CRCA Level 1 Course

Modern sea kayaks are based on water craft that evolved in the north over thousands of years. While they come in several varieties, one built for touring can generally handle some fairly rough water. The weak point is usually the paddler. This is why is it a very good idea to take a kayaking course. In Canada, the Canadian Recreational Canoeing Association (CRCA) has a tiered system rangeing from Flatwater to Level 4. This weekend I became Level 1 certified by the Newfoundland Kayak Company.

Friday evening I arrived at the Aquarena in St. John's. I was a few minutes late because I was over an hour late leaving Lewisporte. It seems like there are always things that come up to delay me when I have to travel anywhere. This meant I didn't have time to stop along the way, do the shopping I needed to do, or get more than a quick bite for supper.

Ian met me at the door. I knew him from when he led our group at the kayaking retreat a couple weeks previous. The class was forced to relocate, so he guided me through some twists and turns and eventually to where my 13 other classmate were. Justin had already gone over some things, and people were introducing themselves. I just got the tail end, so names are still fuzzy.

Following some general instruction on kayaking safety, coastal navigation, and so on, it was time to get changed and hit the pool. Once on the water, it looked like just about everyone else was as apprehensive about inverting their kayak as I was. We had to force the kayak upside down, pound on the hull 3 times to attract attention, wave our arms back and forth as long as we could, grab the pull strap on the spray skirt to release it, and then tumble foreward out of the kayak and come to the surface still holding the paddle and the kayak - no problem.

Actually, it wasn't that bad. I watched the instructors do it, and some of the other students, to program the moves into my brain. I took some deep breaths and threw myself to one side to force a normally stable kayak to roll over. I did each of the steps, and the next thing I knew my head was out of the water with kayak and paddle close at hand. Nothing to be scared of at all. For the rest of the night we performed various rescues as victim and saviour. At about 11:30 I was loading my kayak back on the car and heading to my brother-in-law's place for a few hours of sleep.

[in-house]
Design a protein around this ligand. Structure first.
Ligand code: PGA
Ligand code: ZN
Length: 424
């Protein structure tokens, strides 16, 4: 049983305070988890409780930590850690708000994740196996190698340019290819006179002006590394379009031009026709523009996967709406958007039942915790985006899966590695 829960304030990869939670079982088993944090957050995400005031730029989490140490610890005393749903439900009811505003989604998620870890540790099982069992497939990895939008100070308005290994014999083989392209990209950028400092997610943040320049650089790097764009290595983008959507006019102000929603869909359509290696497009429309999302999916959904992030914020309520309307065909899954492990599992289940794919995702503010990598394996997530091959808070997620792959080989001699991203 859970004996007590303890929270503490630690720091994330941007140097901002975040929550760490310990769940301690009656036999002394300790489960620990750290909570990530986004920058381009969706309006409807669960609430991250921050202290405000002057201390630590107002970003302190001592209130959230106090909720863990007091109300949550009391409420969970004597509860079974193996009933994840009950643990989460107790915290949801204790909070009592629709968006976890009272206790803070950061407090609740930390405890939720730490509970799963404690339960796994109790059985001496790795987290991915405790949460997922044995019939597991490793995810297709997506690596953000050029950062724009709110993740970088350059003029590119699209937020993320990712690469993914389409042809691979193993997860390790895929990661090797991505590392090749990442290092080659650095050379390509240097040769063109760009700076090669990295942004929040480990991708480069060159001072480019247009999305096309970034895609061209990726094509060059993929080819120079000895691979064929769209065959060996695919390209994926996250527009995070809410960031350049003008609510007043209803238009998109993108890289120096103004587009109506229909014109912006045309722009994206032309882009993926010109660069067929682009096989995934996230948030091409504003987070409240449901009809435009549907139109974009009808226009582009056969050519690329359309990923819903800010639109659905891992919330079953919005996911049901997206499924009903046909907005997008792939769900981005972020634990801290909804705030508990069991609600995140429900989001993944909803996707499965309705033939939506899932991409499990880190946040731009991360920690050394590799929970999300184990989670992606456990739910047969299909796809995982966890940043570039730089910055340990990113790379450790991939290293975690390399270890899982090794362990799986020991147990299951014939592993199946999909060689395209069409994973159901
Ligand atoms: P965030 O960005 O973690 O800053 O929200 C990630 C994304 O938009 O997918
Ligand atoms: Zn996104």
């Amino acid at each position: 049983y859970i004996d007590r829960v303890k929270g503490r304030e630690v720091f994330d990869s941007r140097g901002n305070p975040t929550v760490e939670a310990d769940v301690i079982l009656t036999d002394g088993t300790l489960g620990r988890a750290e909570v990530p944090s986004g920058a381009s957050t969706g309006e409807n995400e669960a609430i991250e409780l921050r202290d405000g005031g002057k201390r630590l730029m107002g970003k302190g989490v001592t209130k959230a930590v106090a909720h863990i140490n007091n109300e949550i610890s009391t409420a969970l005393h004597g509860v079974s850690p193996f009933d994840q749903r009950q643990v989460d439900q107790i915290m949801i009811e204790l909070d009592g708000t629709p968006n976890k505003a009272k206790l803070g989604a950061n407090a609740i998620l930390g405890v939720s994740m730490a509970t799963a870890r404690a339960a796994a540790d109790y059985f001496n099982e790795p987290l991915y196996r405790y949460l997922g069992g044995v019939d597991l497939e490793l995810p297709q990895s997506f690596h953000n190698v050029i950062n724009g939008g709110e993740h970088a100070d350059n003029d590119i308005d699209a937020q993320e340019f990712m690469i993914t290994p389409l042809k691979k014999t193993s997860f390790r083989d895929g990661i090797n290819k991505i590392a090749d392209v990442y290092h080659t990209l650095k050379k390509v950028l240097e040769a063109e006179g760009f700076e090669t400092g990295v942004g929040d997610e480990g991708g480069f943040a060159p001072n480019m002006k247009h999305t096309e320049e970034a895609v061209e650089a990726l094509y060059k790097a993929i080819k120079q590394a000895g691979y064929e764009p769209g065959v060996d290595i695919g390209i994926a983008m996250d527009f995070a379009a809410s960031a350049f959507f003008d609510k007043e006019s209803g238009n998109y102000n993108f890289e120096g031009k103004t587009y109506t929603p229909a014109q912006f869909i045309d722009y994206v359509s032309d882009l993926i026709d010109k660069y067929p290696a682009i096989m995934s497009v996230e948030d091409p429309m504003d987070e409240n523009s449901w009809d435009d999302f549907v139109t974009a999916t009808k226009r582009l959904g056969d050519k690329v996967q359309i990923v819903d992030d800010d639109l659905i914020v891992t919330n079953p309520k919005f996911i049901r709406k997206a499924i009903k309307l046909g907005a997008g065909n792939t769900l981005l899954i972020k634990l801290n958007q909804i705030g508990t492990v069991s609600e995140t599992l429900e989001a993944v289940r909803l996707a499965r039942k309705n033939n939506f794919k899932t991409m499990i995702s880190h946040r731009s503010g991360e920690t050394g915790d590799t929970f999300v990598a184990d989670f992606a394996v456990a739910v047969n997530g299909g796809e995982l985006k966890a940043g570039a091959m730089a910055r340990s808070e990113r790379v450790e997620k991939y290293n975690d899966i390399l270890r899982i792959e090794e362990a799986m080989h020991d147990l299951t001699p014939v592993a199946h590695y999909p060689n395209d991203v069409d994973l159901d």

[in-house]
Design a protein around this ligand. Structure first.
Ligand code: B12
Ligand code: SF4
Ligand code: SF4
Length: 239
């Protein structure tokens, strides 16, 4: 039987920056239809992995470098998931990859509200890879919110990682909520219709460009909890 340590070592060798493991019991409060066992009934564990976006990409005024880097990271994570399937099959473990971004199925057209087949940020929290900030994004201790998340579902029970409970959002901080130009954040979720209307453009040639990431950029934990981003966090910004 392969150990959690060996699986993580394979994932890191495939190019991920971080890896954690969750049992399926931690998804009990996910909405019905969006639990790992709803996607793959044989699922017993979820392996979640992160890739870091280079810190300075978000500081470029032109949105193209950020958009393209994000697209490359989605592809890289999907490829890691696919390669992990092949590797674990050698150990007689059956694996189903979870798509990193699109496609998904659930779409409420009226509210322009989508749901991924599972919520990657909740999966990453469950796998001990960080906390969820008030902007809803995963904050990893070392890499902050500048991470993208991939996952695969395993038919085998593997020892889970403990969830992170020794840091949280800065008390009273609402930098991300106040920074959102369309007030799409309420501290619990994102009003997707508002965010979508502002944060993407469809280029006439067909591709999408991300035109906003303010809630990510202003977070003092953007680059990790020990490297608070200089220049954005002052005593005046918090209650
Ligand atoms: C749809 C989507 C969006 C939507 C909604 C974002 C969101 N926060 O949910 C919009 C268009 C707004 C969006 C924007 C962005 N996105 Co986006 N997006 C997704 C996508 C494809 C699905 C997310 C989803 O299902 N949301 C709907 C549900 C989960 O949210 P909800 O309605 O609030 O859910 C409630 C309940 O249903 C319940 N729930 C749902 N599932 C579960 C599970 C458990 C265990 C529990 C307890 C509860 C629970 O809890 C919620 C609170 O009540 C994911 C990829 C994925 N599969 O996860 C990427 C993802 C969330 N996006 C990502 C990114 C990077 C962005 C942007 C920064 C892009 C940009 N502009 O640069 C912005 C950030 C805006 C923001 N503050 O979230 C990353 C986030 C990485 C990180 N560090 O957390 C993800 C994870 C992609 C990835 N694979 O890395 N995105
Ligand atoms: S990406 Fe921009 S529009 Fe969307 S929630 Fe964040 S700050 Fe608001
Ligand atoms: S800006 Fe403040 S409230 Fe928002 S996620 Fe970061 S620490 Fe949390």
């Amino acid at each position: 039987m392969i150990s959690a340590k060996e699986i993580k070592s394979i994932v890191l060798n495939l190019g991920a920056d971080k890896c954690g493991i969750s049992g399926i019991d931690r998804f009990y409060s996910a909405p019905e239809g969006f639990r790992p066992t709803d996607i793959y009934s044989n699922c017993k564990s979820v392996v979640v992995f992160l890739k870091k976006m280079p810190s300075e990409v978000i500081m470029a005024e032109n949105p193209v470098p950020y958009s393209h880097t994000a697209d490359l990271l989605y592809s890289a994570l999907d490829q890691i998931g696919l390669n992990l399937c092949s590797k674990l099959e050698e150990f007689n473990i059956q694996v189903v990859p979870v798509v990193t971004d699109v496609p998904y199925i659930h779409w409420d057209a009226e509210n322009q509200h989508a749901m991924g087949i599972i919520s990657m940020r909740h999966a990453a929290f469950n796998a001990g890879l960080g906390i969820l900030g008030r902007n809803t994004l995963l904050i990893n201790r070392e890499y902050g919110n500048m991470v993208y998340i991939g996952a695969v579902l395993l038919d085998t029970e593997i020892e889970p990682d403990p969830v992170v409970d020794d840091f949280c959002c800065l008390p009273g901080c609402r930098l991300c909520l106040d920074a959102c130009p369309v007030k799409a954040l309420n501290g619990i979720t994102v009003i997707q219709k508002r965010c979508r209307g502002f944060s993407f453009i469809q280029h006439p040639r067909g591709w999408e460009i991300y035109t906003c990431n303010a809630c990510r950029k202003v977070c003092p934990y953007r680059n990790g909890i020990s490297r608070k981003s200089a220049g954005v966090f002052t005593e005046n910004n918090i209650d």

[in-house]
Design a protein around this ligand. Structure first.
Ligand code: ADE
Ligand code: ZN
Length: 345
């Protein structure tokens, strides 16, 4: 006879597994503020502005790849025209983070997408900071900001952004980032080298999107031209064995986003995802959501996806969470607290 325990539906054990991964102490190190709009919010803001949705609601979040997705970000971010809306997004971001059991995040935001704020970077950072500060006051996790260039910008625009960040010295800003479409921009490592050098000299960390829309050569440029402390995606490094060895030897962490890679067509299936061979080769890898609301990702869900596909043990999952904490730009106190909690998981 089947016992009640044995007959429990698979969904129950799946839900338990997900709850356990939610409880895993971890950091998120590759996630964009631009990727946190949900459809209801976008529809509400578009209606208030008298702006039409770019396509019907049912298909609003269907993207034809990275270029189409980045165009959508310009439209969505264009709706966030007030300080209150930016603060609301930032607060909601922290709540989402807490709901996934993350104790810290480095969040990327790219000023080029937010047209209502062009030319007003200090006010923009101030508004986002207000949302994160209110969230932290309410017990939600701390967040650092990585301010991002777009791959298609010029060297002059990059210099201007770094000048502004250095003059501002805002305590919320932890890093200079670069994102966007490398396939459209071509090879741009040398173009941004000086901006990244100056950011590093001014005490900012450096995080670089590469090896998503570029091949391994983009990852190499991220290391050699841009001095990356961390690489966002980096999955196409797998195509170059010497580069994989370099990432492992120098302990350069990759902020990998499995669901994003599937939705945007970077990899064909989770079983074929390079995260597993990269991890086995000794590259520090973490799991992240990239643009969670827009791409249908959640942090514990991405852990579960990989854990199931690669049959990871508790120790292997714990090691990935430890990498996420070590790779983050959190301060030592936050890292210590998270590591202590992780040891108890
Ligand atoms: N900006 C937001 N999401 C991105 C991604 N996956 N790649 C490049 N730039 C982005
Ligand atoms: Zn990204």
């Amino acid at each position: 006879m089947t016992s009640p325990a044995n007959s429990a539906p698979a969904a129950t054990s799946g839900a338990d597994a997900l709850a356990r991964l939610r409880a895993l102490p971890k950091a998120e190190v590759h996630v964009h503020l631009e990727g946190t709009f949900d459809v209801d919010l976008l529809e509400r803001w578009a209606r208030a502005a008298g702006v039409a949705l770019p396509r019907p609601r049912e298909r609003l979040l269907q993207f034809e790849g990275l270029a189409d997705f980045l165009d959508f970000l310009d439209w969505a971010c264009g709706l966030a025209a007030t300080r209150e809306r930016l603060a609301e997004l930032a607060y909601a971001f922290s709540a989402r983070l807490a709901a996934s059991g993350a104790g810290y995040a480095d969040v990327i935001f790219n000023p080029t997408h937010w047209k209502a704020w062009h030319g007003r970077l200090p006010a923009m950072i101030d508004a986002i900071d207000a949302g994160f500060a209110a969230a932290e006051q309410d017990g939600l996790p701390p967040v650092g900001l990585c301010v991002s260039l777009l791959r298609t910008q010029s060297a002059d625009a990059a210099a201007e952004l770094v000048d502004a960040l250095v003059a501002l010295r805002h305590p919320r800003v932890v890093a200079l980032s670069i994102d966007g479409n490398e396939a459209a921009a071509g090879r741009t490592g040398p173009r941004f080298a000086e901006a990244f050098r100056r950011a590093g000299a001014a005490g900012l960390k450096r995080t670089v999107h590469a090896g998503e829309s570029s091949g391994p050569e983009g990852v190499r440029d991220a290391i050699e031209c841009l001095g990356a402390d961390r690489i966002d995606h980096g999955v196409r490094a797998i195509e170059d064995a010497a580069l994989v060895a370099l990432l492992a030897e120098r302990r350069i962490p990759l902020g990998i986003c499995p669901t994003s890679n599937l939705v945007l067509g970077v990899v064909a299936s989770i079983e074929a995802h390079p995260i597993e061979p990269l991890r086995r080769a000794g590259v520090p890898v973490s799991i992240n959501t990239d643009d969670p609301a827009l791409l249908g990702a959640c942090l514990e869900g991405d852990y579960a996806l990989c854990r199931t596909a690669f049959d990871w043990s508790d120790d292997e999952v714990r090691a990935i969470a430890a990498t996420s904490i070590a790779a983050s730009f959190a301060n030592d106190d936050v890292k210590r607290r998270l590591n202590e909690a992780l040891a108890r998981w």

On a cool, windy, and rainy Saturday morning we met at Long Pond just north of the university. Here were were going to learn boat control. We paddled forward, stopped, paddled backwards, and then sideways. Next we turned and pivoted. In the afternoon we covered bracing - the art of righting yourself before you tip over. Some people didn't quite get the hang of it until they did go completely  over. That gave us opportunities to practice our resuces again. During the day we did some navigaton and planned our trip for Sunday, so the night session was cancelled. (I'm sure it had nothing to do with the big hockey game on that night...)

Sunday morning we all gathered at the Village Mall parking lot with plans to get underway for Cape Broyle by 0800. That meant another night with not enough sleep, but we needed an early start, if people like me could get away before supper. So, a convoy of kayak topped vehicles set forth down Highway 10. We stopped at a convenience store to grab some extra grub and change into our paddling gear, and then headed for the local beach to load up and do some paddling.